Herzog Anton Ulrich Museum

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Herzog Anton Ulrich Museum
Braunschweig Herzog Anton Ulrich Museum nachts.jpg
Herzog Anton Ulrich Museum
Established 1754
Location Braunschweig
Type Art museum
Website Official website

The Herzog Anton Ulrich Museum (HAUM) is an art museum in the German city of Braunschweig, Lower Saxony.

Founded in 1754, the Herzog Anton Ulrich Museum is one of the oldest museums in Europe. It houses a collection of masters of Western art, including Cranach, Holbein, Van Dyck, Vermeer, Rubens, and Rembrandt. The museum is based on the Schloss Salzdahlum art collection of Anthony Ulrich, Duke of Brunswick-Lüneburg (1633–1714), after whom it is named. In period catalogs, the term Bilder-Galerie zu Salzthalen refers to this collection.

The Copperplate Cabinet, with its over 100,000 pieces of print graphics and 10,000 drawings, is of great importance. There are also rotating exhibitions of art and craftwork from all over the world. Among items is the journal of Matthaeus Schwarz, an accountant very interested in fashion who documented his outfits throughout his adult life at a time when it was thought that people not of the highest rank dressed drably, the first known fashion book.[1]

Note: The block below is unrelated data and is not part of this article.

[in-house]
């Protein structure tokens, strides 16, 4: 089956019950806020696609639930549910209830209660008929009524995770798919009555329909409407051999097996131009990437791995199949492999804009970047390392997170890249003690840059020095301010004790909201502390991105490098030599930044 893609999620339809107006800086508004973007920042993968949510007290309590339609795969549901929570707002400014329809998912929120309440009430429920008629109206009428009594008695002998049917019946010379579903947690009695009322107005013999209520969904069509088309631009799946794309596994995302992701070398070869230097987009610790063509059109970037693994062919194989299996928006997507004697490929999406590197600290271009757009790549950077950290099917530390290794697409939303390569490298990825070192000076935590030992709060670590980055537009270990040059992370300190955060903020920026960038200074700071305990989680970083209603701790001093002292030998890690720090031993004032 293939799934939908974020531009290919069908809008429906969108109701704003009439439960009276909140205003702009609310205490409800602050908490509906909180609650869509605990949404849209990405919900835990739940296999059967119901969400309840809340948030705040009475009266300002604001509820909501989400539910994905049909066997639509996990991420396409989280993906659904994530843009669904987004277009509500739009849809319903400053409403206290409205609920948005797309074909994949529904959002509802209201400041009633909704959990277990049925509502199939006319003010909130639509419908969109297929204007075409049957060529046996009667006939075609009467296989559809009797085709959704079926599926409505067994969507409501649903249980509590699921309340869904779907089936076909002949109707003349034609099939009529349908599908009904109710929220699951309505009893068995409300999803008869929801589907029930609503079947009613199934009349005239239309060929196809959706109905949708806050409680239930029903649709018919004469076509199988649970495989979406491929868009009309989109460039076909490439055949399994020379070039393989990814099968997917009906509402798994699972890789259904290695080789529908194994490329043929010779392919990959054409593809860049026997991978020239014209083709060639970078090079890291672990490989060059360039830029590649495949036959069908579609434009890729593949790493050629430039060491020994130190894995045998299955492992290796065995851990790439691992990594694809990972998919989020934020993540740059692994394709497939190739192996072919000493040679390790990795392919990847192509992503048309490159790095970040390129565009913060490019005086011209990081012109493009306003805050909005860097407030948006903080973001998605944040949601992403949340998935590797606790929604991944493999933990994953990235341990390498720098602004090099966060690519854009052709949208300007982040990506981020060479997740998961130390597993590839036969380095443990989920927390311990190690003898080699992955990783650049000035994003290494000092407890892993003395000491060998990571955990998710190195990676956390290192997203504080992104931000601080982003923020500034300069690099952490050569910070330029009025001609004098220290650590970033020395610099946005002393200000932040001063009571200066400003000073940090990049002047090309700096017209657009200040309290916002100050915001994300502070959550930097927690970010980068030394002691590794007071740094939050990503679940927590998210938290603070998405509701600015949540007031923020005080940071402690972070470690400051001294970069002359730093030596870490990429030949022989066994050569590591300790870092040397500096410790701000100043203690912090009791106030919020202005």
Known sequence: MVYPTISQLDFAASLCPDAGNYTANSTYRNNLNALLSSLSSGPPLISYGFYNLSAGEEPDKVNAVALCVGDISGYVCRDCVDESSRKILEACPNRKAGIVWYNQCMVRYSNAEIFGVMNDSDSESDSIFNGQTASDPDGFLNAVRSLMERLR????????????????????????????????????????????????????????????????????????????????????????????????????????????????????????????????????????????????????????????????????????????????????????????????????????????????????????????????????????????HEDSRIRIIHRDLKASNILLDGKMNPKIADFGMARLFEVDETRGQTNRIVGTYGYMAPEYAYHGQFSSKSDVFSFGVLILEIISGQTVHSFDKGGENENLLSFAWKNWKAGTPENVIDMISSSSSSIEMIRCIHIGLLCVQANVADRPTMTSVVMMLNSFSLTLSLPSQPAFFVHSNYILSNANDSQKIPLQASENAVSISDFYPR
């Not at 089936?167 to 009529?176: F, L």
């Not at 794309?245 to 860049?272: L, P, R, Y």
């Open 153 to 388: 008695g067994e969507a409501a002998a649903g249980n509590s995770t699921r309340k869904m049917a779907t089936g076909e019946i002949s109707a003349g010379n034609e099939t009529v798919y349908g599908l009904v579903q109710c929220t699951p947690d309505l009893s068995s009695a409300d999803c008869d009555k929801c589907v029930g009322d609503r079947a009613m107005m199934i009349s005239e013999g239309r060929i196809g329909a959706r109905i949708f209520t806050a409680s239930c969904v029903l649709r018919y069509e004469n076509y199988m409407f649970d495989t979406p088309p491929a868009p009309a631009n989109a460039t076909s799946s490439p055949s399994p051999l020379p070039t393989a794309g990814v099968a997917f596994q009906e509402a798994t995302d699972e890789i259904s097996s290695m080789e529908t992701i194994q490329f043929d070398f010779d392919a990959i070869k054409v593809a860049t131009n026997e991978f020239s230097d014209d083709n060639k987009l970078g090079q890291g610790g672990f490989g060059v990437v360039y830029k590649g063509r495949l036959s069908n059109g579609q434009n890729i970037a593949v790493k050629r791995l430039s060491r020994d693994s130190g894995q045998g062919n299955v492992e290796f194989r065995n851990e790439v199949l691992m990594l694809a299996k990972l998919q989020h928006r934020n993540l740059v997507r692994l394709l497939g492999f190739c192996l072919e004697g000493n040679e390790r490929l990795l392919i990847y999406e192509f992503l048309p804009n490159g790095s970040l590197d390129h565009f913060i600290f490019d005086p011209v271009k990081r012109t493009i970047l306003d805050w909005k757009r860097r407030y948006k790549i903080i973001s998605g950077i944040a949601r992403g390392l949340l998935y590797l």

The present museum building was opened in 1887. Its architect, Oskar Sommer, planned the building in Italian Renaissance style. Currently, the museum is closed for renovations and is scheduled to reopen in 2015 at the earliest.



  1. ^ "BBC News - Fashion: The accountant who created the first book of fashion". BBC News. 

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Coordinates: 52°15′48″N 10°31′59″E / 52.26333°N 10.53306°E / 52.26333; 10.53306